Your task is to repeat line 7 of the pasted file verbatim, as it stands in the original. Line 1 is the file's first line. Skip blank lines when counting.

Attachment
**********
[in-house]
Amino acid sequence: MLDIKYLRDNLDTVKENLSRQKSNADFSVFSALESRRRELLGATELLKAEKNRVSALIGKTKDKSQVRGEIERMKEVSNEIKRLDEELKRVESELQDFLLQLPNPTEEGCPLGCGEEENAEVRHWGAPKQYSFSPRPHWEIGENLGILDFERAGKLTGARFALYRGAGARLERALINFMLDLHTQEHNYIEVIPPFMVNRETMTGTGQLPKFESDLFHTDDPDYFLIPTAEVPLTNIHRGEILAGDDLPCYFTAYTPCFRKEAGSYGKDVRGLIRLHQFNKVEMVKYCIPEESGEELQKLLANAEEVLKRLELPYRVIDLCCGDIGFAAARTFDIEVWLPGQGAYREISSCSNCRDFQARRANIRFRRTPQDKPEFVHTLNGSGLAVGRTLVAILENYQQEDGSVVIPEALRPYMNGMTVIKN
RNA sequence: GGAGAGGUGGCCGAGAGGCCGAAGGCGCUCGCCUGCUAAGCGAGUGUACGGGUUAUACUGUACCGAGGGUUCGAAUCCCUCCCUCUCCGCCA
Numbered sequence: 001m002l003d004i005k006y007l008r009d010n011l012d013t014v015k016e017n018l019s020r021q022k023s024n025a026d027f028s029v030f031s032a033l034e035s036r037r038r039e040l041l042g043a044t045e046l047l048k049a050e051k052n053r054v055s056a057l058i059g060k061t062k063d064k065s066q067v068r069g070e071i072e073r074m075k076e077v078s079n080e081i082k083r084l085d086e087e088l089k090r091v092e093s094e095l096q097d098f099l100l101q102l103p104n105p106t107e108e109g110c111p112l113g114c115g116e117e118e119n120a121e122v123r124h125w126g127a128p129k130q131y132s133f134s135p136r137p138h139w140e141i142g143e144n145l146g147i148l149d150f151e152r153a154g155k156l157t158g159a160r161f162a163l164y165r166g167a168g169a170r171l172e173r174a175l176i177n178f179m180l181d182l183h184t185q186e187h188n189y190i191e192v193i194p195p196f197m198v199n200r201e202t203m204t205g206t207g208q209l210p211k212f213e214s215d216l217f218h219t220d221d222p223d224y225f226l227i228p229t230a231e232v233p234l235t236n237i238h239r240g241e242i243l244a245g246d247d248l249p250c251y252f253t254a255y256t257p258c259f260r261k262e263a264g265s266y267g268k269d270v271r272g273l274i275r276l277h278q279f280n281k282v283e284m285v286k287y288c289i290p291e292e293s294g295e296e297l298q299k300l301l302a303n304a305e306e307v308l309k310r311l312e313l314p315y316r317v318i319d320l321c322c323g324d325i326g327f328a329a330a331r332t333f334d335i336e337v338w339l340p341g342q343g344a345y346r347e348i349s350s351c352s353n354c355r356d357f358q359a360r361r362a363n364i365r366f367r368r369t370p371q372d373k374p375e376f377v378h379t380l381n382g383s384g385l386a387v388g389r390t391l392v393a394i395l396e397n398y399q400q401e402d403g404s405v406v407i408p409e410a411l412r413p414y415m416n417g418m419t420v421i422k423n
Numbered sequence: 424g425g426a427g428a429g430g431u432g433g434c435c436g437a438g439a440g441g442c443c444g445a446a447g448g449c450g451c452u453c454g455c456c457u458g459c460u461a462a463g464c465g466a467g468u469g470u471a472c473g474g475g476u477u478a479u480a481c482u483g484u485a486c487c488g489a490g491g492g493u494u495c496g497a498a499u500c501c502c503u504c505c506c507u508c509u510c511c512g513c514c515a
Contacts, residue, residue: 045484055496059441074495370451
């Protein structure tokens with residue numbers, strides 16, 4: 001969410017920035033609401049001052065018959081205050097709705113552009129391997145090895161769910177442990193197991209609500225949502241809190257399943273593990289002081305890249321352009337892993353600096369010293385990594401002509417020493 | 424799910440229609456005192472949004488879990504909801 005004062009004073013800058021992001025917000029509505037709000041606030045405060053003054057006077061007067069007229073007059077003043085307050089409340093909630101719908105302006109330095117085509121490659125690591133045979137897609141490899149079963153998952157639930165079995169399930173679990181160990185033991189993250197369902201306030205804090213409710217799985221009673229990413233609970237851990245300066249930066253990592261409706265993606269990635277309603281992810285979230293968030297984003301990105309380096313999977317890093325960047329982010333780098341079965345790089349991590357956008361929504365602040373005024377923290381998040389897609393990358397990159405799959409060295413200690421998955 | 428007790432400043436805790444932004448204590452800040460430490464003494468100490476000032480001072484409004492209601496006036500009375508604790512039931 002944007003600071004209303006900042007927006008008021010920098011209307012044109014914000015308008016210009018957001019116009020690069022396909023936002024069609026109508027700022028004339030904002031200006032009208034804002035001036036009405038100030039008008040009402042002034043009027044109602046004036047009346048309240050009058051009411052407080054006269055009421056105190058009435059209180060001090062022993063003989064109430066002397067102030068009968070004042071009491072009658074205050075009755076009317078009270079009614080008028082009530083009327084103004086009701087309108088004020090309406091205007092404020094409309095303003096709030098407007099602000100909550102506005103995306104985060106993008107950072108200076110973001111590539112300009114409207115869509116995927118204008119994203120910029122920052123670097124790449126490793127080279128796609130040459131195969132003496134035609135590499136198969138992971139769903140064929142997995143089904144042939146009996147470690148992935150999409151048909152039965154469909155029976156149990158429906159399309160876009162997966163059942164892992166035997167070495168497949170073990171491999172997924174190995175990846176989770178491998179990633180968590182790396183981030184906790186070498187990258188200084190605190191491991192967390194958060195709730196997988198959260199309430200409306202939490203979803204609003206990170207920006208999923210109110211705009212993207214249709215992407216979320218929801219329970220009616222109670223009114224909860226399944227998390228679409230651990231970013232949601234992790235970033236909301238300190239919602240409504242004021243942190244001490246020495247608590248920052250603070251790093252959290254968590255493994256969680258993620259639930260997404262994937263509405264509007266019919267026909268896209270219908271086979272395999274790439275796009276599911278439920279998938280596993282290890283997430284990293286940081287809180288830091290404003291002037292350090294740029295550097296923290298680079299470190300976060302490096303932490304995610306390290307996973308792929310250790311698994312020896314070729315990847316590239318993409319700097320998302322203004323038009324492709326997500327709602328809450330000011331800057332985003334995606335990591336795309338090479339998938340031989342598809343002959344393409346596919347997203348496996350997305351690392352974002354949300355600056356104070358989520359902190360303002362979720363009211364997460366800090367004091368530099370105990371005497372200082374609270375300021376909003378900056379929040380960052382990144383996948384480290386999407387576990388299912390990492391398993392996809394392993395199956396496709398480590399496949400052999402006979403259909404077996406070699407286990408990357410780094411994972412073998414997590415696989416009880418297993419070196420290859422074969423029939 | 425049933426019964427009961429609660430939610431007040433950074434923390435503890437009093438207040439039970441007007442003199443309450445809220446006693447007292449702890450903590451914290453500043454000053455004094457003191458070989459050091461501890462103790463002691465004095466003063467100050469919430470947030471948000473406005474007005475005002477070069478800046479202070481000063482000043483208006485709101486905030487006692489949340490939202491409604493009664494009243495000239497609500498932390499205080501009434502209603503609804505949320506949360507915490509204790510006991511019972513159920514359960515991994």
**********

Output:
């Protein structure tokens with residue numbers, strides 16, 4: 001969410017920035033609401049001052065018959081205050097709705113552009129391997145090895161769910177442990193197991209609500225949502241809190257399943273593990289002081305890249321352009337892993353600096369010293385990594401002509417020493 | 424799910440229609456005192472949004488879990504909801 005004062009004073013800058021992001025917000029509505037709000041606030045405060053003054057006077061007067069007229073007059077003043085307050089409340093909630101719908105302006109330095117085509121490659125690591133045979137897609141490899149079963153998952157639930165079995169399930173679990181160990185033991189993250197369902201306030205804090213409710217799985221009673229990413233609970237851990245300066249930066253990592261409706265993606269990635277309603281992810285979230293968030297984003301990105309380096313999977317890093325960047329982010333780098341079965345790089349991590357956008361929504365602040373005024377923290381998040389897609393990358397990159405799959409060295413200690421998955 | 428007790432400043436805790444932004448204590452800040460430490464003494468100490476000032480001072484409004492209601496006036500009375508604790512039931 002944007003600071004209303006900042007927006008008021010920098011209307012044109014914000015308008016210009018957001019116009020690069022396909023936002024069609026109508027700022028004339030904002031200006032009208034804002035001036036009405038100030039008008040009402042002034043009027044109602046004036047009346048309240050009058051009411052407080054006269055009421056105190058009435059209180060001090062022993063003989064109430066002397067102030068009968070004042071009491072009658074205050075009755076009317078009270079009614080008028082009530083009327084103004086009701087309108088004020090309406091205007092404020094409309095303003096709030098407007099602000100909550102506005103995306104985060106993008107950072108200076110973001111590539112300009114409207115869509116995927118204008119994203120910029122920052123670097124790449126490793127080279128796609130040459131195969132003496134035609135590499136198969138992971139769903140064929142997995143089904144042939146009996147470690148992935150999409151048909152039965154469909155029976156149990158429906159399309160876009162997966163059942164892992166035997167070495168497949170073990171491999172997924174190995175990846176989770178491998179990633180968590182790396183981030184906790186070498187990258188200084190605190191491991192967390194958060195709730196997988198959260199309430200409306202939490203979803204609003206990170207920006208999923210109110211705009212993207214249709215992407216979320218929801219329970220009616222109670223009114224909860226399944227998390228679409230651990231970013232949601234992790235970033236909301238300190239919602240409504242004021243942190244001490246020495247608590248920052250603070251790093252959290254968590255493994256969680258993620259639930260997404262994937263509405264509007266019919267026909268896209270219908271086979272395999274790439275796009276599911278439920279998938280596993282290890283997430284990293286940081287809180288830091290404003291002037292350090294740029295550097296923290298680079299470190300976060302490096303932490304995610306390290307996973308792929310250790311698994312020896314070729315990847316590239318993409319700097320998302322203004323038009324492709326997500327709602328809450330000011331800057332985003334995606335990591336795309338090479339998938340031989342598809343002959344393409346596919347997203348496996350997305351690392352974002354949300355600056356104070358989520359902190360303002362979720363009211364997460366800090367004091368530099370105990371005497372200082374609270375300021376909003378900056379929040380960052382990144383996948384480290386999407387576990388299912390990492391398993392996809394392993395199956396496709398480590399496949400052999402006979403259909404077996406070699407286990408990357410780094411994972412073998414997590415696989416009880418297993419070196420290859422074969423029939 | 425049933426019964427009961429609660430939610431007040433950074434923390435503890437009093438207040439039970441007007442003199443309450445809220446006693447007292449702890450903590451914290453500043454000053455004094457003191458070989459050091461501890462103790463002691465004095466003063467100050469919430470947030471948000473406005474007005475005002477070069478800046479202070481000063482000043483208006485709101486905030487006692489949340490939202491409604493009664494009243495000239497609500498932390499205080501009434502209603503609804505949320506949360507915490509204790510006991511019972513159920514359960515991994």